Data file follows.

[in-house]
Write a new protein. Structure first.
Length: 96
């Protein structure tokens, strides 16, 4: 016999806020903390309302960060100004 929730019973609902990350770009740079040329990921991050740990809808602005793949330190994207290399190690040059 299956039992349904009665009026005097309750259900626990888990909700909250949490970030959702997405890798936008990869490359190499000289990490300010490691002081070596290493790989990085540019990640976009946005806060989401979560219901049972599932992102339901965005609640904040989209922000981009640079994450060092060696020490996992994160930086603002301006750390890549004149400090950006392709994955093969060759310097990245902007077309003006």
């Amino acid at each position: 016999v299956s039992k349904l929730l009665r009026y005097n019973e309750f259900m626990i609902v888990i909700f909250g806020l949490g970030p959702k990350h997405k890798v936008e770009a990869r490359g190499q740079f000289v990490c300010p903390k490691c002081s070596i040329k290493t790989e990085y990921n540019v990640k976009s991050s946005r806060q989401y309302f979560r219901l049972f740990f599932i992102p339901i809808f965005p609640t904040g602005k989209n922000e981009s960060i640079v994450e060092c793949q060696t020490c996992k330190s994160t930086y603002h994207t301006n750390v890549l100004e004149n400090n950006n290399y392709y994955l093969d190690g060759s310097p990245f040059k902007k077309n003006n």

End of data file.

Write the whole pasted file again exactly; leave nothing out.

[in-house]
Write a new protein. Structure first.
Length: 96
């Protein structure tokens, strides 16, 4: 016999806020903390309302960060100004 929730019973609902990350770009740079040329990921991050740990809808602005793949330190994207290399190690040059 299956039992349904009665009026005097309750259900626990888990909700909250949490970030959702997405890798936008990869490359190499000289990490300010490691002081070596290493790989990085540019990640976009946005806060989401979560219901049972599932992102339901965005609640904040989209922000981009640079994450060092060696020490996992994160930086603002301006750390890549004149400090950006392709994955093969060759310097990245902007077309003006």
């Amino acid at each position: 016999v299956s039992k349904l929730l009665r009026y005097n019973e309750f259900m626990i609902v888990i909700f909250g806020l949490g970030p959702k990350h997405k890798v936008e770009a990869r490359g190499q740079f000289v990490c300010p903390k490691c002081s070596i040329k290493t790989e990085y990921n540019v990640k976009s991050s946005r806060q989401y309302f979560r219901l049972f740990f599932i992102p339901i809808f965005p609640t904040g602005k989209n922000e981009s960060i640079v994450e060092c793949q060696t020490c996992k330190s994160t930086y603002h994207t301006n750390v890549l100004e004149n400090n950006n290399y392709y994955l093969d190690g060759s310097p990245f040059k902007k077309n003006n």